Jamaica is being urged to explore other logistics hubs around the world and learn from their strengths and weaknesses, in order to develop its own successful programme.
“There’s a lot of competition out there. There is huge investment in transportation facilities around the world… you have to kind of look at what their strengths are, and rebuild… based on what they don’t have,” said Director for Policy and Co-ordination, Canada’s Atlantic Gateway Secretariat, Marianne Etter.
She was addressing the closing session of the two-day Jamaica logistics hub symposium, at the Jamaica Conference Centre in downtown Kingston on January 22.
During her presentation, which focussed on ‘the Canada Atlantic Gateway and Trade Corridor Strategy’ Ms. Etter outlined a number of measures that are critical to ensuring the success of a hub project and facilitating growth.
Among these are reducing government bureaucracy, securing commitments from international shipping lines, and ensuring that there is constant communication with the various interests.
“You have to keep meeting with your stakeholders and talking to your partners, and it means ongoing meetings and discussions, whether it’s one-on-one or a group effort. You just possibly can’t do enough of it, because… it makes it…easier to accomplish what you want to do,” she said.
She pointed out that “tremendous changes” in the global transportation landscape over the years have made it difficult for governments to do long-term predictive analysis on what the transportation sector will be like in 10 to 20 years, and so flexibility and adaptability are also important.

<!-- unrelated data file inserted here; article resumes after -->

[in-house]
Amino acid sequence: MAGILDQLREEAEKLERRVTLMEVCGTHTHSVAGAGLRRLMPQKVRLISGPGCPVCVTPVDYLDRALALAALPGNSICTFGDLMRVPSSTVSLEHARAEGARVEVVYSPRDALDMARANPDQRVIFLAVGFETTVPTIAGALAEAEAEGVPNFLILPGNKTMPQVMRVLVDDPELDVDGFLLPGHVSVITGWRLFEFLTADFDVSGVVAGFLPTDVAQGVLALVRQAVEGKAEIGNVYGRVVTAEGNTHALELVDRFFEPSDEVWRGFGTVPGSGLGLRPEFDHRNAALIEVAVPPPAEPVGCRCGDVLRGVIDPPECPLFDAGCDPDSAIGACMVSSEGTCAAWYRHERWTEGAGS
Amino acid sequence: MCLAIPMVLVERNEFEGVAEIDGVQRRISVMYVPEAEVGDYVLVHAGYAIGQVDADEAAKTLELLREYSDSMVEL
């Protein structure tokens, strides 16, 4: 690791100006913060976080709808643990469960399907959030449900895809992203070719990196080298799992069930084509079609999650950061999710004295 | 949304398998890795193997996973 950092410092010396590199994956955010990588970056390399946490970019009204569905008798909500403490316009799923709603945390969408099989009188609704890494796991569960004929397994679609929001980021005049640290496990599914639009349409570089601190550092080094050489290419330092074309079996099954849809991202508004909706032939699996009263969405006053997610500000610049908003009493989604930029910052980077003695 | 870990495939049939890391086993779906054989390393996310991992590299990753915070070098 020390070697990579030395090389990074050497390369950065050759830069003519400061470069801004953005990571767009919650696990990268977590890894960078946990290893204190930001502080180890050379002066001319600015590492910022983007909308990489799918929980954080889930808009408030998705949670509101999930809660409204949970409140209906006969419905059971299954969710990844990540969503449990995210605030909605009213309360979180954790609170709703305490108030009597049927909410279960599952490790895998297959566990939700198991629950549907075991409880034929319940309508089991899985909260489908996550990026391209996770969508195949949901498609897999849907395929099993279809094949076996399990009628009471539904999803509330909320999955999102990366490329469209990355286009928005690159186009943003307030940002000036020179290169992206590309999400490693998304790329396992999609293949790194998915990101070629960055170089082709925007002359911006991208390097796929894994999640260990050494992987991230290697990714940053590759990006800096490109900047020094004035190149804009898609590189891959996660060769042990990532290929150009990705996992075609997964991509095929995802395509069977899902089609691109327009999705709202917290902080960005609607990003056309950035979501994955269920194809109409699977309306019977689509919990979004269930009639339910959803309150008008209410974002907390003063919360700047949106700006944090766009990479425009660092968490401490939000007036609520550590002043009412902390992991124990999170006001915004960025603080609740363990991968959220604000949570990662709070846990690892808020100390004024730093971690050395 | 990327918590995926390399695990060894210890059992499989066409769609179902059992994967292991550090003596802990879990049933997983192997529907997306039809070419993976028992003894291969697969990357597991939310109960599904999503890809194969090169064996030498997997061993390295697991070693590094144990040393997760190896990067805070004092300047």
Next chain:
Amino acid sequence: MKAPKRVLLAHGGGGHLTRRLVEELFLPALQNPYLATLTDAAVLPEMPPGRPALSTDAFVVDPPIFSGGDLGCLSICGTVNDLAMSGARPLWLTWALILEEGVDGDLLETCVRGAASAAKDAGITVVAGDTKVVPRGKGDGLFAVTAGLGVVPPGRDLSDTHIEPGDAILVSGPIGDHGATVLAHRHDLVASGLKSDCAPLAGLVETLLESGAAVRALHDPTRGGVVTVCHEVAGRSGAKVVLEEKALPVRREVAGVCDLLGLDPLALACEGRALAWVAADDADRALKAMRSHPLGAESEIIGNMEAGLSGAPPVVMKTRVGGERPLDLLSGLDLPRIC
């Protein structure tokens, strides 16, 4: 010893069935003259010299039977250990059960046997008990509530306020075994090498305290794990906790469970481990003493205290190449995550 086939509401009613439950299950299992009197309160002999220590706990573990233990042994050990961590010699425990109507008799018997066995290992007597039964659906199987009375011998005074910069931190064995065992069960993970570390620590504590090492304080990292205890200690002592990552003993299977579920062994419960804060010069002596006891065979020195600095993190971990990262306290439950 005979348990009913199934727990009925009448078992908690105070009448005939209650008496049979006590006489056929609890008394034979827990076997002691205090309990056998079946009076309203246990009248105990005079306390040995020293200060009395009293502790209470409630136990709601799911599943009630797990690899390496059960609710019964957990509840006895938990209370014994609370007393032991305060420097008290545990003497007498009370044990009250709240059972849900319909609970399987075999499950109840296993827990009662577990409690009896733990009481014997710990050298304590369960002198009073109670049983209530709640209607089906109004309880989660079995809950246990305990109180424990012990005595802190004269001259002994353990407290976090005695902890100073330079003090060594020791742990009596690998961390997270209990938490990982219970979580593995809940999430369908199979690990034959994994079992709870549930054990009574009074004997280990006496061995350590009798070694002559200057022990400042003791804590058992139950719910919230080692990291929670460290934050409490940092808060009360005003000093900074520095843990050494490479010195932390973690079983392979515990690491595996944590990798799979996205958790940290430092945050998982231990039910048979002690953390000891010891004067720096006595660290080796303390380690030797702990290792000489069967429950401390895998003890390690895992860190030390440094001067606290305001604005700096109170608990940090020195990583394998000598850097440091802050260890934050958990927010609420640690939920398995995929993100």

“You really have to stay on top of where you think things are going, and a lot of it, like other industries, is about relationships. It’s about building relationships with the shipping lines and terminal operators and your customers and everybody…having those relationships and those clear value propositions and understanding what your advantages are and being able to articulate those and build awareness around those is critical,” she stated.
The Canada Atlantic Gateway is one of three gateways in Canada and can be described as an integrated network of transportation system assets.
The symposium, organised by the Jamaica Chamber of Commerce and JAMPRO attracted key players in the private sector, experts in logistics, investors, government officials, members of the diplomatic corps, as well as a wide cross-section of other critical stakeholders.
Published Date: January 23rd, 2014
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